My front yard is a problem. It faces south, and it’s very hot and dry. The soil is sandy, and because much of the front yard is reclaimed from a time when the street was wider, there’s a lot of crushed limestone under that sand layer, making for tough digging: those loosely compacted rocks are just a few inches below the sand in most areas. Most of the plants I put out there shrivel up and die because I’m not going to get out there and hand water them year-round. That’s just not something I’m going to do. Sure, I’ll water plants in (2-3 months of daily at first then every other day hand watering), but after that, they’re on their own. So I need plants that are used to hard times, hot weather, and dry conditions.
You can bet that the following description of Beach Creeper (Ernodea littoralis) in Rufino Osorio’s Gardener’s Guide to Florida’s Native Plants made me sit up and take notice:
Beach creeper is a tough, indestructible groundcovering shrub restricted to coastal sites in sandy or rocky areas.… When happily situated, it may cover fairly sizable areas, and it is being recommended as a groundcover for hot, dry, difficult areas.
I mean, how much more perfect can you get?
So when my landscaping consultant came down for her biannual maintenance over at mom’s (the old house), I asked her to swing by my place and make some recommendations for the site. She allowed as to how Ernodea might do really well here, and I was not slow to take up the suggestion.
I immediately began hoeing away, clearing the weedy patch of dirt of its remnant mix of turf, mexican clover, Virginia pepper, and wireweed (to mention only the most dominant species). After that it was just a matter of deciding how much of what to plant where, getting the plants, mulching the beds, watering them in, weeding every day, and constantly trying to see what needed to be done next. No problem, right?
As it happens, I decided to put in seven little creepers out there, and now I’m waiting for them to start creeping around. Until then, there are only a few flowers and a few small golden fruits to enjoy:
I’ve planted them in a group out near the mailbox where there’s absolutely no shade anywhere, so I’m really hoping they live up to their reputation as tough, drought resistant, “indestructible.”
One of the common names of this plant in the Bahamas is “cough bush”; according to Austin in the Turks and Caicos and Out Islands, people boil the leafy branch tips into a tea to treat cough. (According to the Leon Levy preserve website, though, this plant is “not used in the Bahamas medicinally,” so I’ll let you decide whom to believe.) The staff at Leon Levy and Roger Hammer (in his new book) both agree, though, that this plant is an excellent butterfly and hummingbird attractor. Hammer recommends using it in a hanging basket, though, if you’re trying to attract hummingbirds; it’s too low to the ground for them otherwise.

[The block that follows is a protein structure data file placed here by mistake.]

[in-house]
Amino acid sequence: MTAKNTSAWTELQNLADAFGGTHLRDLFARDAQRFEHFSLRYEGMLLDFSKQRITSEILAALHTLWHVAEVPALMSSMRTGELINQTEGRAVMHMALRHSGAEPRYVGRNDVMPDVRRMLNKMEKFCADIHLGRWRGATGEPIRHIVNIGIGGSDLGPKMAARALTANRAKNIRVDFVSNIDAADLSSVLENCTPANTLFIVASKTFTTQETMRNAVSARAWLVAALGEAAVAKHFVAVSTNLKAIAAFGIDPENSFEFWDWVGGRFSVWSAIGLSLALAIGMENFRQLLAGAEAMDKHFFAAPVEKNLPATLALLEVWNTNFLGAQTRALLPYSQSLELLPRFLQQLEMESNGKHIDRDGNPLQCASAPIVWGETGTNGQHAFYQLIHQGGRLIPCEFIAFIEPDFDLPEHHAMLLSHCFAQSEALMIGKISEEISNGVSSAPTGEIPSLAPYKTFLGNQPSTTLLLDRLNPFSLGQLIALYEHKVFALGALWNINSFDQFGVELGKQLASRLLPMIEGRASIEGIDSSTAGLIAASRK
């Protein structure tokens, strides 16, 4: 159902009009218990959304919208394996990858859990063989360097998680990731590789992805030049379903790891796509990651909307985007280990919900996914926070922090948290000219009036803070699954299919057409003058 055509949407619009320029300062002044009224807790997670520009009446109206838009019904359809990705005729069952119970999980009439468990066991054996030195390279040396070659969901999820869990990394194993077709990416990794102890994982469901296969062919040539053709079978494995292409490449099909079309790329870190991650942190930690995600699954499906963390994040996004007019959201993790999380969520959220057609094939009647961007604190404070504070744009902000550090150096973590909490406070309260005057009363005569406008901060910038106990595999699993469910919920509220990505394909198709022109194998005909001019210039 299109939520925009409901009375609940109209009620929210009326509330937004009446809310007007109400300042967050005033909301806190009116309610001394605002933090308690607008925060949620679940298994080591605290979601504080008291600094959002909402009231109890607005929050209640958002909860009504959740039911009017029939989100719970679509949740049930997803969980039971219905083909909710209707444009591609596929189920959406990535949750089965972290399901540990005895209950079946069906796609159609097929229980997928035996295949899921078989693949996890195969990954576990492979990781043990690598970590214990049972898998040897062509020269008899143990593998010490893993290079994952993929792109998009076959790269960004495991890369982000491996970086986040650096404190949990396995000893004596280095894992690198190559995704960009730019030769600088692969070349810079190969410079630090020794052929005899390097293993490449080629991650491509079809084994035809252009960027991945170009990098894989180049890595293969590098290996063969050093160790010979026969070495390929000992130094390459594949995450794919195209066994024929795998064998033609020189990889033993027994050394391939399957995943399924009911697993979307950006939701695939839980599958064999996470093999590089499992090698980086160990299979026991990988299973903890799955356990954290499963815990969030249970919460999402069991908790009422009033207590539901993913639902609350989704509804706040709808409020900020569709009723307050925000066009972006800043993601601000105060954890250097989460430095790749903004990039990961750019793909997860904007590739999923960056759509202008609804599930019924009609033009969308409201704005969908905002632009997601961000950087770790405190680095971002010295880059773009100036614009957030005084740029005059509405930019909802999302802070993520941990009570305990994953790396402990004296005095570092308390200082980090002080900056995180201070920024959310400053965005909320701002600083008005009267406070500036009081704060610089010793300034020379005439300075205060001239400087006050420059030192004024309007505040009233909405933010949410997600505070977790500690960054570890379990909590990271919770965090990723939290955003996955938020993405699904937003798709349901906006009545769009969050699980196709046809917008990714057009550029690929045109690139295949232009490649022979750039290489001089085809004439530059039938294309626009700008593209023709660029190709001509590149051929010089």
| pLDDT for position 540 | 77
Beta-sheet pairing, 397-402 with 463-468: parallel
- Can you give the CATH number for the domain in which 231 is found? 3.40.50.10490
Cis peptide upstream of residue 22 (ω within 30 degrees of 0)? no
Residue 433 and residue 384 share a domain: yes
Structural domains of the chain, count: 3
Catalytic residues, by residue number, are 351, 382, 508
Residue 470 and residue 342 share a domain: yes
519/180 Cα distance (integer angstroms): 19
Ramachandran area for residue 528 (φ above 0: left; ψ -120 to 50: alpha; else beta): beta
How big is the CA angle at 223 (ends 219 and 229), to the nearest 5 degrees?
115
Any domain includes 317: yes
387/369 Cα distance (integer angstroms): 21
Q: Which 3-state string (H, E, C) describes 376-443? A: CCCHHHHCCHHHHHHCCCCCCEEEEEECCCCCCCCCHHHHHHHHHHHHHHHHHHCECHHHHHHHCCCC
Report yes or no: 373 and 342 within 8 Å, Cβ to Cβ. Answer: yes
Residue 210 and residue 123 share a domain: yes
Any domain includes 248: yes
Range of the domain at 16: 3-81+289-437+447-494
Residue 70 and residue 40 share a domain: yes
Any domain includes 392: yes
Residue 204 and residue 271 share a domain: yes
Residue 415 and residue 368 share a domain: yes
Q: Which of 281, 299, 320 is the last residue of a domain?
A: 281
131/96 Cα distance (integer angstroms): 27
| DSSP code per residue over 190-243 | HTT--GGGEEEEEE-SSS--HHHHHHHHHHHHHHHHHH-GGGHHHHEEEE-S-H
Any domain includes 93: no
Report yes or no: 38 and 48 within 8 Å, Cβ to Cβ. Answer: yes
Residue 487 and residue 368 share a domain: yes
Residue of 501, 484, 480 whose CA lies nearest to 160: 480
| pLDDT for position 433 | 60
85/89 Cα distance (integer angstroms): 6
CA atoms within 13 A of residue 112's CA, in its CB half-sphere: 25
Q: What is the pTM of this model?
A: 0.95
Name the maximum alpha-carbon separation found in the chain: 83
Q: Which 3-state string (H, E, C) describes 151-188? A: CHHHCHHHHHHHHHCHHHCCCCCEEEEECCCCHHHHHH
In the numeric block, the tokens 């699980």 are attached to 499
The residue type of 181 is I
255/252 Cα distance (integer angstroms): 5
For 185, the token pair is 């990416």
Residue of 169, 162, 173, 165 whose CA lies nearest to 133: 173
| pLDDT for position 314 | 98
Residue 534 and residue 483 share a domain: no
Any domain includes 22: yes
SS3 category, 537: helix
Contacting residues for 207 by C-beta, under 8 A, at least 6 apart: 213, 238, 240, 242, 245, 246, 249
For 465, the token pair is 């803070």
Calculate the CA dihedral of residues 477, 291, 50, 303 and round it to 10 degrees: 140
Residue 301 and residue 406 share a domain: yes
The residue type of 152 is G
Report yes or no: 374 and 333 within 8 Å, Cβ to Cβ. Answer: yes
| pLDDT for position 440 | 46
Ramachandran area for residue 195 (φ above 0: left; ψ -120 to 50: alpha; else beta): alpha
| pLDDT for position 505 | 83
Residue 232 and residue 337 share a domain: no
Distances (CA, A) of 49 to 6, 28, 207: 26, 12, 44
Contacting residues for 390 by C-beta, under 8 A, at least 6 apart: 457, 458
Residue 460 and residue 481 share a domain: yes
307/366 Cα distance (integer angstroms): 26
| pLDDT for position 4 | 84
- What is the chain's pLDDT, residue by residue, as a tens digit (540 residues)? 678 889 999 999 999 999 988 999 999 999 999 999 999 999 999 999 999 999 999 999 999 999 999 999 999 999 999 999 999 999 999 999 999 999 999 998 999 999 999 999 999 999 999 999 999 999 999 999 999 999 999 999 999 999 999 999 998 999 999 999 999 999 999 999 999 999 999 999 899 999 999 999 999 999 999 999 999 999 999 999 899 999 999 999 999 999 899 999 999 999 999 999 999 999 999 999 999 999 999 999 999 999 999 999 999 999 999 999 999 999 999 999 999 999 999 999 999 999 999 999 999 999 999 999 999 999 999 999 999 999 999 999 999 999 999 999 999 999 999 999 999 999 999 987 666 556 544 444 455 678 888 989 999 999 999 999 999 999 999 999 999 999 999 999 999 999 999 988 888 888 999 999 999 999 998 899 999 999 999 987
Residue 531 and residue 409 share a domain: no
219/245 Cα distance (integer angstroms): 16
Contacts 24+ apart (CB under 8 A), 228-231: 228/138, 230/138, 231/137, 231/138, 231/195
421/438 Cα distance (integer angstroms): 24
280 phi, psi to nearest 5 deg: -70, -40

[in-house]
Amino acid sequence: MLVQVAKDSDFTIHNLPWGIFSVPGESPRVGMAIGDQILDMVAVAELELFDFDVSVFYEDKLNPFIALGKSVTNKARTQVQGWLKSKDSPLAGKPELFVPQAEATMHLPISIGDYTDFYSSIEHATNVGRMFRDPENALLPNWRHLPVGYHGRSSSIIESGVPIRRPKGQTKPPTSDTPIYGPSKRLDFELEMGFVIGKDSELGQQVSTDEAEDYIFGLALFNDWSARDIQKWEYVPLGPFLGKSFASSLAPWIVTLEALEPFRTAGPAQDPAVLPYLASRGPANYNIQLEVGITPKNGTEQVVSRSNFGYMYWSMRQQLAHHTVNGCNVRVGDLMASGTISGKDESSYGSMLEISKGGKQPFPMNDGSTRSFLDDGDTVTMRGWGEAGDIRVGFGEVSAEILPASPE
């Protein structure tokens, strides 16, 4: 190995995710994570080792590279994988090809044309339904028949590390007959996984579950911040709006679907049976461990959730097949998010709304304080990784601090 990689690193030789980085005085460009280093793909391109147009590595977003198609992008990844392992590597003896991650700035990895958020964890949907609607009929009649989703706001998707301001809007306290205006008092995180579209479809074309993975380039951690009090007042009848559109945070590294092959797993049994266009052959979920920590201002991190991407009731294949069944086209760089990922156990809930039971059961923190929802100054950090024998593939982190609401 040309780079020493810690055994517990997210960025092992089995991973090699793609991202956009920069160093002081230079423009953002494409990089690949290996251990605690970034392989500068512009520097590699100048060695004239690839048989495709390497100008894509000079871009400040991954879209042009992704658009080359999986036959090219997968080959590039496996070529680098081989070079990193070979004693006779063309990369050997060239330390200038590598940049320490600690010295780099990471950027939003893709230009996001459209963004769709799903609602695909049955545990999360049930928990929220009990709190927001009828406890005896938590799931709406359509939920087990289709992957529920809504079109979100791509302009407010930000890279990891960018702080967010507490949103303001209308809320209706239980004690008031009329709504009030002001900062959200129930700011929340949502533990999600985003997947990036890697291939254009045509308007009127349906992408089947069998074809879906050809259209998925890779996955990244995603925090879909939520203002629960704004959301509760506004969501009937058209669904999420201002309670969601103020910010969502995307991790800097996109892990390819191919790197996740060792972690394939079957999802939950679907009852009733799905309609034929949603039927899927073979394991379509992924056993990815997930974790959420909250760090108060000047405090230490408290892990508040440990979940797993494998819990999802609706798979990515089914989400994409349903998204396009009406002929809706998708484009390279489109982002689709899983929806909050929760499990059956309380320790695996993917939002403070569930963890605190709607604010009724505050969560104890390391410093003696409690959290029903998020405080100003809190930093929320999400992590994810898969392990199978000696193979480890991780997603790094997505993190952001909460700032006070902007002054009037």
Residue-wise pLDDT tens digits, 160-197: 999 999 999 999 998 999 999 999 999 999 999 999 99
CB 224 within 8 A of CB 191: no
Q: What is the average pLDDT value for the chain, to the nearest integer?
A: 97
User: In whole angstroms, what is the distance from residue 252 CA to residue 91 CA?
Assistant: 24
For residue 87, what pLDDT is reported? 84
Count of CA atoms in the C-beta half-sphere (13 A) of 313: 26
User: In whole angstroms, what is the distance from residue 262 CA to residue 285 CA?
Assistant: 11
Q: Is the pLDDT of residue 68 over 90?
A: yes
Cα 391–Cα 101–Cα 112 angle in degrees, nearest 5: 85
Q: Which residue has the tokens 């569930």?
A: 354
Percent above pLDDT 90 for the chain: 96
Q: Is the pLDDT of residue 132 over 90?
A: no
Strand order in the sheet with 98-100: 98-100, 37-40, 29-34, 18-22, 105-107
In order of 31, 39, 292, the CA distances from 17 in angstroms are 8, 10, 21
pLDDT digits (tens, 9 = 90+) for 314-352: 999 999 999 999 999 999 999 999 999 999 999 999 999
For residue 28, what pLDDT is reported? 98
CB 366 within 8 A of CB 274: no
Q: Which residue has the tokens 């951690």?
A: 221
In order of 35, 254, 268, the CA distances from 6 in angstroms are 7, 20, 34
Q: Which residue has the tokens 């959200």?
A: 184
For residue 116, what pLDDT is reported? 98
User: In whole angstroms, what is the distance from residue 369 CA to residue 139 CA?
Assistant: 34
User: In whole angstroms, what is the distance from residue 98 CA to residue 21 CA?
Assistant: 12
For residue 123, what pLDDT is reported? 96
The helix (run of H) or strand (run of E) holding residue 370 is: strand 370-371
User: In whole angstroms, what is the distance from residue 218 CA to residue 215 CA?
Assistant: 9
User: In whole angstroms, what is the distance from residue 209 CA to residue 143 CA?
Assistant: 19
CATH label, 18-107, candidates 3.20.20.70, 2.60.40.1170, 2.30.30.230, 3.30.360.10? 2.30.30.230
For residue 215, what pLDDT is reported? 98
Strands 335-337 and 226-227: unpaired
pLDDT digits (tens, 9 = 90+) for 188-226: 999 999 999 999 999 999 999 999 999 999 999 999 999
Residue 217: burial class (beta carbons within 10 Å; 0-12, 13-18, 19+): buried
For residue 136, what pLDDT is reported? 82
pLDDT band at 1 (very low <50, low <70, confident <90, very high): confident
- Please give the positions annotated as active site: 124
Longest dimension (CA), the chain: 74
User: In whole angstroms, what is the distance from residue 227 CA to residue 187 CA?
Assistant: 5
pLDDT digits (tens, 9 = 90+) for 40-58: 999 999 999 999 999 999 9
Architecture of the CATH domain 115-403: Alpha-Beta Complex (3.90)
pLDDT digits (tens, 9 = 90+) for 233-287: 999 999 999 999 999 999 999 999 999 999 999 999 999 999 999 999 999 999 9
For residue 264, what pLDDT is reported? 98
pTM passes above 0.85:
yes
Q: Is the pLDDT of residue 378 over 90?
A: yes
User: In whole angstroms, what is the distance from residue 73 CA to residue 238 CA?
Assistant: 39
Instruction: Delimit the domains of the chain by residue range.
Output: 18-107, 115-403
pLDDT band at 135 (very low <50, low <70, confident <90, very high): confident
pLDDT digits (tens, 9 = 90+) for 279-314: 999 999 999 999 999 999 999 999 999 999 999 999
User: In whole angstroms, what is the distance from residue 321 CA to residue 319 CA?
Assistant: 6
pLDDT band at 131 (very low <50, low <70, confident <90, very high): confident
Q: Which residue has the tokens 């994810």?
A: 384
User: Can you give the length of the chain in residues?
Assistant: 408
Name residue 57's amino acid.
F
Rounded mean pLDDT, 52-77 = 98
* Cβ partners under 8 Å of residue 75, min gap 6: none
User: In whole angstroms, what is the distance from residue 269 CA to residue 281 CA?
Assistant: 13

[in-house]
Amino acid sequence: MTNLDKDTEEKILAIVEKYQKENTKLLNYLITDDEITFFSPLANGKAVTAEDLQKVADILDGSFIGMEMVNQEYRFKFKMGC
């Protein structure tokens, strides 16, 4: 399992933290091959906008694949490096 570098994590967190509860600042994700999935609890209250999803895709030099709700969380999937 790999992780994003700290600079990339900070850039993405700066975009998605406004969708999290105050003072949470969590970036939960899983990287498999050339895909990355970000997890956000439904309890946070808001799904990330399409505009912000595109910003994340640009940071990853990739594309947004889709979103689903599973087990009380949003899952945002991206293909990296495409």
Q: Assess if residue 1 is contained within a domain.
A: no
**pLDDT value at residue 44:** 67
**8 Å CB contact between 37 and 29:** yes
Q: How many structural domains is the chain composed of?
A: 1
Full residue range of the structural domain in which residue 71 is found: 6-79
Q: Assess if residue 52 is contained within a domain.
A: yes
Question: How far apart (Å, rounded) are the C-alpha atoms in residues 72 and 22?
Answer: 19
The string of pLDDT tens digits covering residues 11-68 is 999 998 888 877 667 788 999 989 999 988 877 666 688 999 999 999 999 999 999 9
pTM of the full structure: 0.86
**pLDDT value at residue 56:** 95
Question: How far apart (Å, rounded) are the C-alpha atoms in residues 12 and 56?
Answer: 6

Behind these tough plants that may or may not work if you have a cough, and that you should hang in a basket if you’re trying to attract hummingbirds, I’ve put in some more new plants, trying to turn that old gumbo limbo I put there last year into something of a focal point. So in addition to the Beach Creeper out by the street, I also have a pair of Button Sage (Lantana involucrata) and a lone Blue Porterweed (Stachytarpheta jamaicensis).
Those guys are supposed to like things a bit moister than the Beach Creeper, so I may continue “watering them in” longer than I will the Ernodea. Which means daily sessions with the hose until the rains kick in sometime in late May. I try to do those early enough in the morning that the heat hasn’t kicked in yet; we’re in the hot but dry portion of our dry season, waiting several more long weeks (7 or so by my count) for the rains to arrive.
That new group of plants in its mulch bed looked so nice, I couldn’t stop there. I now had to try to reclaim that whole strip of yard that had grown somewhat weedy since the Royal “Pain”ciana came down. So there’s another new planting bed that I put in for the new focal tree of the landscape: the Jacaranda caerulea that I wrote about earlier this month. In this bed I’ve planted three Bahama Sennas, two more Blue Porterweeds, and a lone Wild Petunia that my nursery man threw in for “free.”
Here’s a picture of what the new planting beds look like (mouse over the image to see the labels):
You can see that, even though the remnant turf is dried and unsightly, the new planting beds give the landscape a nice, defined look, making all that hoeing, mulching, watering, and weeding worthwhile. And in a few weeks, once the rains kick in, I’ll be able to give up the daily waterings. (Stopping those sessions might actually lead to problems, though, since it’s during the watering sessions that I notice the incipient weeds sprouting up. If I’m not out there every day in the cool of the morning, I might have a much bigger battle with the weeds than I’d like!)
Ernodea seems to derive from the Greek ernos, “sprout,” “shoot”; makes sense given the growth habit (“stems widely spreading, with a tendency to arch to the ground”). Littoralis means “of the shore,” again sensible for this coastal plant.
Austin, D. 2006. Florida Ethnobotany. Boca Raton, FL: CRC Press.
Hammer, R. 2015. Attracting Hummingbirds and Butterflies in Tropical Florida: A Companion for Gardeners. Gainesville: U of Florida P.
Osorio, R. 2001. A Gardener’s Guide to Florida Native Plants. Gainesville: U of Florida P.